You might be surprised at how many at risk or endangered species there are in Silicon Valley. The Bay Checkerspot Butterfly has several areas in Santa Clara County which are impacted, including Communications Hill, areas near Coyote Valley and San Martin, the Silver Creek area of Evergreen and many other areas along the east foothills and south county. Others include: Golden Eageles, Tri-Colored Blackbirds, Western Pond Turtle, San Joaquin Kit Fox, Steelhead Trout, California Tiger Salamander, Salt Marsh Harvest Mouse, and many more animals, fish, birds and plants. A couple of days ago, I was reading that the threatened marbled murrelet, a sea bird which can roost up to 70 miles inland, is in Los Gatos (near Highway 9 and Daves, if not more places as well). They nest in old growth redwood trees – something that Los Gatos, Monte Sereno, and Saratoga have in abundance near the hills!
Suppose that the area in which you want to buy a home is within the habitat of an endangered species such as the red legged frog, the famous subject of Mark Twain’s The Celebrated Jumping Frog of Calaveras County and our official state amphibian. This is information that will be listed within one or more of the property reports, so read the Natural Hazard Report, Environmental Hazard Report and Tax Report you get in escrow very carefully. Now that you know where to find this information, what does that mean? Continue reading
Today is the first of November. For many Santa Clara County home buyers and sellers, it marks the beginning of “the holiday season” and the end of the home buying & selling season. But is that always the case?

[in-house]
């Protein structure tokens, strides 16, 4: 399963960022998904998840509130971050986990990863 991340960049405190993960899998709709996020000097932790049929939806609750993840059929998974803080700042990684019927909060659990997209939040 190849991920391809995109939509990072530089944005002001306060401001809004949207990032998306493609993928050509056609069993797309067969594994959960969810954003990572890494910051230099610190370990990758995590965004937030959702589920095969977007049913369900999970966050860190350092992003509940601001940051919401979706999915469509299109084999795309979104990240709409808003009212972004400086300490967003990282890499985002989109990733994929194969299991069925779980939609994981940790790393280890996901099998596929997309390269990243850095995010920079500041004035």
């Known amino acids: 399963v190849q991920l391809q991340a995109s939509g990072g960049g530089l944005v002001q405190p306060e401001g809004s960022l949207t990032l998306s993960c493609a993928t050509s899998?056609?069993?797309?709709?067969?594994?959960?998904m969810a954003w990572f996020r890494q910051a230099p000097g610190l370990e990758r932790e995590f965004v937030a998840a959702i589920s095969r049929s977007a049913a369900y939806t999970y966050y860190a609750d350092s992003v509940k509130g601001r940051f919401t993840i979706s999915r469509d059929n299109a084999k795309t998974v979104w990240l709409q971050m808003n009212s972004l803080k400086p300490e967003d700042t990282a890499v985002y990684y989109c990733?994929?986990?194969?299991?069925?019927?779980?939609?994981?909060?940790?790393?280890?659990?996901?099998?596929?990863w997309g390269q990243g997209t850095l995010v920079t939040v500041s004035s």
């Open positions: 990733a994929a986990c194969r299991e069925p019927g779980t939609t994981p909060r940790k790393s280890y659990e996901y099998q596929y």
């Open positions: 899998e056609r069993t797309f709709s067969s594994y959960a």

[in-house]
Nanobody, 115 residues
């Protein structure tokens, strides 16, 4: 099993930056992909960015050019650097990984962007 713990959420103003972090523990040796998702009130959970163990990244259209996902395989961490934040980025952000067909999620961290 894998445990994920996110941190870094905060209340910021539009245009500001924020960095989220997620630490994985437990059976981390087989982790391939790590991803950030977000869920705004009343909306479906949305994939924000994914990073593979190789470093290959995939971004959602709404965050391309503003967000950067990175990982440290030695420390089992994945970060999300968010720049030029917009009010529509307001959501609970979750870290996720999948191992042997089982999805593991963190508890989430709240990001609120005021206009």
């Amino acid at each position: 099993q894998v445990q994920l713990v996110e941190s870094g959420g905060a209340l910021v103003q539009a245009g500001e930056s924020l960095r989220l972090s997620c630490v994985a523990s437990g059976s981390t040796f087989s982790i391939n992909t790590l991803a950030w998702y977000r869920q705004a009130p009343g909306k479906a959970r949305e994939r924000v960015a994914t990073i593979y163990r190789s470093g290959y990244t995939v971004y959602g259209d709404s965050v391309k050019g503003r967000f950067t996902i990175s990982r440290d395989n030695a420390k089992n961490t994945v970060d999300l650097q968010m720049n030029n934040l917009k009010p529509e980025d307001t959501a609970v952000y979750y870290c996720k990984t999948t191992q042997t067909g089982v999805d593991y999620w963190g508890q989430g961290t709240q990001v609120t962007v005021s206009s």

In my real estate practice (San Jose, Los Gatos and all over the county), normally I do have sales activity in November and December. Many times, clients want to be in their new home before the December holidays and the new year. Sometimes it’s for tax reasons. Other times it’s a late year relocation. Once in awhile, someone just wants Christmas, Hanukkah or some other major date in the new home.
This morning I logged onto MLS Listings to see the numbers of sales of single family homes in the month of November over the last dozen years or so to see what we could learn about November home sales in Santa Clara County. We don’t have a crystal ball for November 2014, but if annual patterns hold true again, around 800 homes are likely to sell this month. The lowest number in recent history was 510, and that was during the recession. Here, then, are the counts for houses sold in SCC in the last 17 years (as far back as I could go on the MLS):
2013 – 762
2012 – 810
2011 – 834
2009 – 853
2008 – 672
2007 – 510
2006 – 853
2005 – 992
2004 – 1146
2003 – 1136
2002 – 933
2001 – 996
2000 – 926
1999 – 1051
1998 – 1080
People still need to buy houses, for whatever reason it may be. The statistics tell us that they continue to do so here in November. If you are thinking of selling your Silicon Valley home, don’t believe that you must wait until the new year. A good, well priced, well presented, and well marketed home really can sell here at any time of year. Unlike the northeast, we do not have terrible weather that makes showings difficult or unappealing. If you’re interested in a fall or winter home sale, please call or email me. We can discuss it, your home’s pricing and everything else relevant to give you good information on which to base your decision.
Related reading: Holiday Home Selling: Good or Bad Idea?
Today I’m sharing with you Silicon Valley real estate statistics which were presented to me by my company, Sereno Group. These are “by school district” and I think you will find them immensely insightful! First, though, a brief commentary on the overall findings, then statistics for single family homes (mostly houses but a few “duet homes”) in Santa Clara County, and lastly, the same info but for condominiums and townhouses.
Please find the real estate market statistics by school district in the Santa Clara County area next. Please note that the San Jose Unified School District is extremely large and varied, and the numbers would be very different if you were narrowing it to Almaden Valley with Leland High School as opposed to some areas which are not performing nearly as well.